13. Many Muslim youth from Cambodia go to Kelantan in Malaysia for religious studies and are often contacted there too by touring TJ teams, which persuade them to become better Muslims by studying in the madrasas of Pakistan. It is estimated that every year, about 400 Cambodian Muslims go to Malaysia and another 80 to Pakistan, Bangladesh, Kuwait  and Saudi Arabia for religious studies.

14. Lt.Gen.(retd). Javed Nasir, former Director-General of the Inter-Services Intelligence (ISI) during the first tenure of Nawaz Sharif as the Prime Minister (1990-93), is an active member of the TJ.  He had functioned as its Amir while heading the ISI as well as after he was sacked  by the Pakistan Government under US pressure in 1993.  In a defamation suit filed by him against a Pakistani newspaper, which is presently being heard before a Pakistani court, he has narrated how he had organised a secret airlift of weapons to the Bosnian Muslims which, according to him, had angered the US against him.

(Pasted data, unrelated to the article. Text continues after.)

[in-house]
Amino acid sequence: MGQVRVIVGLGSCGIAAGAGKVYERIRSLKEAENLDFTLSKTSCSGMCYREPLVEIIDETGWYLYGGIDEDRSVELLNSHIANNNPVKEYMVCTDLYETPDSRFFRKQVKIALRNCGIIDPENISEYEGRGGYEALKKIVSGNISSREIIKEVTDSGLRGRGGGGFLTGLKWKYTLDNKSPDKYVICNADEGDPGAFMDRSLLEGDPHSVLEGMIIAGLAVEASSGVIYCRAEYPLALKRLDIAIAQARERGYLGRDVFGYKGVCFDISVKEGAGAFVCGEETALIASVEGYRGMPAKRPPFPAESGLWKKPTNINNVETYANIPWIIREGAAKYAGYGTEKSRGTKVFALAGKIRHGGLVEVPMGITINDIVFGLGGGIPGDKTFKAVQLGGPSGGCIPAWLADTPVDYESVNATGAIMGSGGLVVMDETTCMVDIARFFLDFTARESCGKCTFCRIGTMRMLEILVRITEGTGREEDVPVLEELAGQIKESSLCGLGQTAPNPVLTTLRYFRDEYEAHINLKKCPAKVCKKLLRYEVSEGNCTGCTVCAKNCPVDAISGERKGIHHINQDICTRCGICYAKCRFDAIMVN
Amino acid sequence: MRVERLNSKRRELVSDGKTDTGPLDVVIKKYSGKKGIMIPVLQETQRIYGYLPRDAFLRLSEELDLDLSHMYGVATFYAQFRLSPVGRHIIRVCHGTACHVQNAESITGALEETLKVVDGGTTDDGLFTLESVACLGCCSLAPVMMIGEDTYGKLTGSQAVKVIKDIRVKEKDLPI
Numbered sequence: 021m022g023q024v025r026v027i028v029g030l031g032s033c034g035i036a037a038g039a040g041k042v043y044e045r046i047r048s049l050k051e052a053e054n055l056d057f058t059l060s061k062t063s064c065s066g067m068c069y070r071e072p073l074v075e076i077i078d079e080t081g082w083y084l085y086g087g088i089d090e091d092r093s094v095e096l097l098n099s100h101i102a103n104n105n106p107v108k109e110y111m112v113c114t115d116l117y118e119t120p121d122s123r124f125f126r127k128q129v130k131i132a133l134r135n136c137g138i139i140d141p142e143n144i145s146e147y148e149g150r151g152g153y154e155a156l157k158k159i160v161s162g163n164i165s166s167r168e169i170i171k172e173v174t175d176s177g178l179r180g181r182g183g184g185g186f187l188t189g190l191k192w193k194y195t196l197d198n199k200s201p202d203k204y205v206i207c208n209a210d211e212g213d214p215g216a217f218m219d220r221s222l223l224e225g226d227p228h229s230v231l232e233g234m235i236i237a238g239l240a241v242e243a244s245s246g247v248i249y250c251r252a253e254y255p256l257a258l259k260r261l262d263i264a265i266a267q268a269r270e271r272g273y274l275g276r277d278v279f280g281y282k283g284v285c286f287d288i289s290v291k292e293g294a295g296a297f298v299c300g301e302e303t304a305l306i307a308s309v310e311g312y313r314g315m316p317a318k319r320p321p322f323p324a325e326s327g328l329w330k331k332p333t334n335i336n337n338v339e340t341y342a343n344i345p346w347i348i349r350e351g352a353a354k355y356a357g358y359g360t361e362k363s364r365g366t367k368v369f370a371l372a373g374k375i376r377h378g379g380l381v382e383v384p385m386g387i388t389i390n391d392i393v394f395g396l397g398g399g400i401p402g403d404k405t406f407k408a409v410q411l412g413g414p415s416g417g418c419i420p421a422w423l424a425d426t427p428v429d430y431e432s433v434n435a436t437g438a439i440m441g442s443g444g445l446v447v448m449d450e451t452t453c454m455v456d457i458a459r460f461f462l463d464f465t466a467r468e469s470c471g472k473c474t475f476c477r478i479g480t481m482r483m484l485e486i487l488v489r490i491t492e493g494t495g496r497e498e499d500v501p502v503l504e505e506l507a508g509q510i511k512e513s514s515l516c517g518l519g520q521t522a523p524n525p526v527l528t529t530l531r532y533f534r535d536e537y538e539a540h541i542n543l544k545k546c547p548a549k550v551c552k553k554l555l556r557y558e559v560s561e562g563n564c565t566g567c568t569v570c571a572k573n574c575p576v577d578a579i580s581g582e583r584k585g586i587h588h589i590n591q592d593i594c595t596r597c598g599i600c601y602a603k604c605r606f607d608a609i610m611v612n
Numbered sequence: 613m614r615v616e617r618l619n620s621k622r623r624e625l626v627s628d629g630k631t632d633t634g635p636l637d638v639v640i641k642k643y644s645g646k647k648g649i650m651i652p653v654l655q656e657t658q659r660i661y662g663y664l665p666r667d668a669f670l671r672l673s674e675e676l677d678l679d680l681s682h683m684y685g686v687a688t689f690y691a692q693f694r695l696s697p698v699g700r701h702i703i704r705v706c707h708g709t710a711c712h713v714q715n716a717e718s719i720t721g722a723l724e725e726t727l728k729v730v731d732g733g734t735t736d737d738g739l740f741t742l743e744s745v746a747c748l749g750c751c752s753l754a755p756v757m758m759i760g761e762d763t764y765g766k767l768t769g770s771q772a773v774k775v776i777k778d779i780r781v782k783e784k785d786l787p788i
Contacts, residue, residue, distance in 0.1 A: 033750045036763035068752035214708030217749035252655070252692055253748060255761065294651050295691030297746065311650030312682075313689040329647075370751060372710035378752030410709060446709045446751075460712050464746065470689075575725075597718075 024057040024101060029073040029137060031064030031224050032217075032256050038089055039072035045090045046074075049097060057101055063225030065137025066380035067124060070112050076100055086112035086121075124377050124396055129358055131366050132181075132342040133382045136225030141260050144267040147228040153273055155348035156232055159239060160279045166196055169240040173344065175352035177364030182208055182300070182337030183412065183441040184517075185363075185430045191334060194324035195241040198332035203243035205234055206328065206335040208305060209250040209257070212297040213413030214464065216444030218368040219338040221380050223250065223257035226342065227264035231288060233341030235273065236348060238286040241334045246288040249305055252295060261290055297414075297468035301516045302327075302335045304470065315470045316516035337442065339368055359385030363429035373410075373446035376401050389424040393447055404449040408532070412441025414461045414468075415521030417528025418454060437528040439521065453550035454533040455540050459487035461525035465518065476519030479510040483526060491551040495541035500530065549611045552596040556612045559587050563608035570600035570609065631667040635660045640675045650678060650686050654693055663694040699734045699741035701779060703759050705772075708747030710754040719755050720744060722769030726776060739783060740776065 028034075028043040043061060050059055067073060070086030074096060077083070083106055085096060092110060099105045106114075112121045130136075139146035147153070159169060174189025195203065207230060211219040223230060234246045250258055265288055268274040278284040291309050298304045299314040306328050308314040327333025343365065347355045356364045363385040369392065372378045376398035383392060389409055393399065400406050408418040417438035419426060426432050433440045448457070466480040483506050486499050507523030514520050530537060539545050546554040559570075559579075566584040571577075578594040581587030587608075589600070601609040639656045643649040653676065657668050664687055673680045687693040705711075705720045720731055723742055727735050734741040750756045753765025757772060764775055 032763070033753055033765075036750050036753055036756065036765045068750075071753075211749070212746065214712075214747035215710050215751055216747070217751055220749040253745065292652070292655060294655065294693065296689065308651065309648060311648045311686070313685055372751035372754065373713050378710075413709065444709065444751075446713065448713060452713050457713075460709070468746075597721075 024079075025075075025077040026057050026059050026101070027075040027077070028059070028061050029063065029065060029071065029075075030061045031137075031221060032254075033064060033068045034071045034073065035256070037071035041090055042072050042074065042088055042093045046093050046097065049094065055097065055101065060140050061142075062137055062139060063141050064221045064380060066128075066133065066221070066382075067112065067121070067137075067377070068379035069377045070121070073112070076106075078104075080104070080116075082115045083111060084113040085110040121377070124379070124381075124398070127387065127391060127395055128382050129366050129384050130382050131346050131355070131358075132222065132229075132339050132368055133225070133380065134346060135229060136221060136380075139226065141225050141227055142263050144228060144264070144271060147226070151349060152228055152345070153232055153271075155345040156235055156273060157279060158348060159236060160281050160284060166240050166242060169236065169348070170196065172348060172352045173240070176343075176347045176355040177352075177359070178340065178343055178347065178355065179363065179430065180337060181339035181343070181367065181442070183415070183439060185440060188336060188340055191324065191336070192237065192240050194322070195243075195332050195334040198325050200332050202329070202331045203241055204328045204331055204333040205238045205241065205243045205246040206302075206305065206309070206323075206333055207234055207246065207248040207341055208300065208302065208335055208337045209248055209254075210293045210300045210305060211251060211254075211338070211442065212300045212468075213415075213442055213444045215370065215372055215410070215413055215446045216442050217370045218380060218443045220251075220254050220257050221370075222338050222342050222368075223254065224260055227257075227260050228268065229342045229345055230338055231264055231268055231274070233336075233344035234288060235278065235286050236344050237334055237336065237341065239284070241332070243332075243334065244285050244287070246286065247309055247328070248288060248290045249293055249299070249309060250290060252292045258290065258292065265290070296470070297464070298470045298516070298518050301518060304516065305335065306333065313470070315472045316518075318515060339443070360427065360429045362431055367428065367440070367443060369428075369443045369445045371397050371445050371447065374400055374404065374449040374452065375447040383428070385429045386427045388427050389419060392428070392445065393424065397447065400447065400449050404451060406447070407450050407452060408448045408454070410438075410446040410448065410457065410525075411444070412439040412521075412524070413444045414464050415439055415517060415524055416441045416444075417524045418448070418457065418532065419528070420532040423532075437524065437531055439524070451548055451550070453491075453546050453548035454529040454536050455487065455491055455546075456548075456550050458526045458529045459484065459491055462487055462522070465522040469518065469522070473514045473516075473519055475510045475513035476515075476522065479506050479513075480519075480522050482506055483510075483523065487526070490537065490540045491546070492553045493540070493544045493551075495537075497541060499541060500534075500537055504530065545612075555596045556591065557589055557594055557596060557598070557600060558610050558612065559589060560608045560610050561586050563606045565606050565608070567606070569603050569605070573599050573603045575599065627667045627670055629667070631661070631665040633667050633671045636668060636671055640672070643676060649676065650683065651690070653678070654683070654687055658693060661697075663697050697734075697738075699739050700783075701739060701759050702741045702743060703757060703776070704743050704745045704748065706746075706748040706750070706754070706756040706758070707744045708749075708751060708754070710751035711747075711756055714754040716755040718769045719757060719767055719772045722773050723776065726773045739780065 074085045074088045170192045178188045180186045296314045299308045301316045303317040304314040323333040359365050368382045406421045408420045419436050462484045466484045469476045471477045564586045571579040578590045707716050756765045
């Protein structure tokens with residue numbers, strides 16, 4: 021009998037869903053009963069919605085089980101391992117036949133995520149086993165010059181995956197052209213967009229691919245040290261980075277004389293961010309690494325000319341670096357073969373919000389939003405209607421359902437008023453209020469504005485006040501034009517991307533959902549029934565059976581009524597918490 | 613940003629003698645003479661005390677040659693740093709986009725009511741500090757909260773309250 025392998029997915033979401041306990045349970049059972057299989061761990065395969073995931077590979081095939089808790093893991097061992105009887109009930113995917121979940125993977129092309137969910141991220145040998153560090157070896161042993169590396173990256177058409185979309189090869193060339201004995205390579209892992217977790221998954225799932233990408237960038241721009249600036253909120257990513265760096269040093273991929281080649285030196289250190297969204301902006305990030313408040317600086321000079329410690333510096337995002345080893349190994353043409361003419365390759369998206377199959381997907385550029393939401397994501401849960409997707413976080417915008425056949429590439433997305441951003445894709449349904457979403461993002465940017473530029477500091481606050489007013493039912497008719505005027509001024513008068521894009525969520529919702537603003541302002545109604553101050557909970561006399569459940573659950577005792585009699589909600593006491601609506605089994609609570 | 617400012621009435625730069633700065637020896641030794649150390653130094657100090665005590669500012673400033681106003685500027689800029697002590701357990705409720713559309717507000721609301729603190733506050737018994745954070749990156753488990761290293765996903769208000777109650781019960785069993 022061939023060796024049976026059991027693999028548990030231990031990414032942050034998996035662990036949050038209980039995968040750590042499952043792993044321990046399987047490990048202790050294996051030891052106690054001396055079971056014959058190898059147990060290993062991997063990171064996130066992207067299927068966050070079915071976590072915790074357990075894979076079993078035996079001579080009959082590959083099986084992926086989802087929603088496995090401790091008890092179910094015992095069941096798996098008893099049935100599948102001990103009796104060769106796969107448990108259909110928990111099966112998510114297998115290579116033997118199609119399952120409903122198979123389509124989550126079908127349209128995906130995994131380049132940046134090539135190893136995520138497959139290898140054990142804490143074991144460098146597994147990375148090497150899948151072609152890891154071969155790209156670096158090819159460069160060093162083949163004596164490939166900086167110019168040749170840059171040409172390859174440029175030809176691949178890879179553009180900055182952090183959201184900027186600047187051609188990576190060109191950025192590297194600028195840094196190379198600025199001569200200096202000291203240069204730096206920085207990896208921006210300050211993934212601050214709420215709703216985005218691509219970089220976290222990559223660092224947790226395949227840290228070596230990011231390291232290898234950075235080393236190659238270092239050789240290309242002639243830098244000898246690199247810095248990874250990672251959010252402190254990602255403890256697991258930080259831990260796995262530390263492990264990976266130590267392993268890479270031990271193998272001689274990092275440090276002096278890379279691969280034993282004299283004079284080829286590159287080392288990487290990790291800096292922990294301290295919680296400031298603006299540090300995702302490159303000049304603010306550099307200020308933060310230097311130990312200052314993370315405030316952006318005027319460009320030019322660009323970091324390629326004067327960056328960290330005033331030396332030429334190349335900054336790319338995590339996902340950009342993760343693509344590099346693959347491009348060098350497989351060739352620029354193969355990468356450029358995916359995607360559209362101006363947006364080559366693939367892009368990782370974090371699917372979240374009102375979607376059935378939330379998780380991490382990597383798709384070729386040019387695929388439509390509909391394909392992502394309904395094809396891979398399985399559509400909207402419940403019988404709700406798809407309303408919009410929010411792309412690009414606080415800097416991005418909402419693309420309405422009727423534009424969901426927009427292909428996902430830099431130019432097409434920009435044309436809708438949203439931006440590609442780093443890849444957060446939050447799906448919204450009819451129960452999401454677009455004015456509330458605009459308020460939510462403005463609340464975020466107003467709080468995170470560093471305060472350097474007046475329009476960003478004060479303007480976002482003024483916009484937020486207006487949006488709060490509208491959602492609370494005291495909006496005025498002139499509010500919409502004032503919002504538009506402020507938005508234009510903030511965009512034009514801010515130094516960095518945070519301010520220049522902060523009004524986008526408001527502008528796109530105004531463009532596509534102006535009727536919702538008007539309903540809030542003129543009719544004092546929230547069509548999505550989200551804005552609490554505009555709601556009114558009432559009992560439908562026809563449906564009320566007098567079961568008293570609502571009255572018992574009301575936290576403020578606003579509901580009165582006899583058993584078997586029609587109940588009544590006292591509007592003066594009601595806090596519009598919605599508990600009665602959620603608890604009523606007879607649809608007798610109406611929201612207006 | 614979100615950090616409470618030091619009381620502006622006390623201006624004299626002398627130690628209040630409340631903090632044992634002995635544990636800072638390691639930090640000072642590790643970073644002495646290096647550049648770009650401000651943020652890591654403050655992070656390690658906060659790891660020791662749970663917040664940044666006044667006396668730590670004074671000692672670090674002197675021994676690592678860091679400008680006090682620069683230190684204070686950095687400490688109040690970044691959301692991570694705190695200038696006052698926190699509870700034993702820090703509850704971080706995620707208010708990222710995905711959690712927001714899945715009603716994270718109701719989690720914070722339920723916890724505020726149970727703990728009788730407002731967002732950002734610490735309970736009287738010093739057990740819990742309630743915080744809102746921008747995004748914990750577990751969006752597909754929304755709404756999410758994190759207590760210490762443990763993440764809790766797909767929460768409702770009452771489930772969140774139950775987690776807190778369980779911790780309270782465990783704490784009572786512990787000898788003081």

15. After he was sacked from the ISI, he used to visit the S.E.Asian countries, including Cambodia, with TJ teams to promote Islamic resurgence. Many Saudi organisations, including the UAQ University of Saudi Arabia, have also been providing funds to the mosques and religious schools of Cambodia to promote Islamic resurgence.  But, while the TJ projects itself as free of any sectarian preferences, the UAQ and other Saudi organisations want to encourage the spread of orthodox Wahabism amongst the Muslims of Cambodia, in order to increase their number.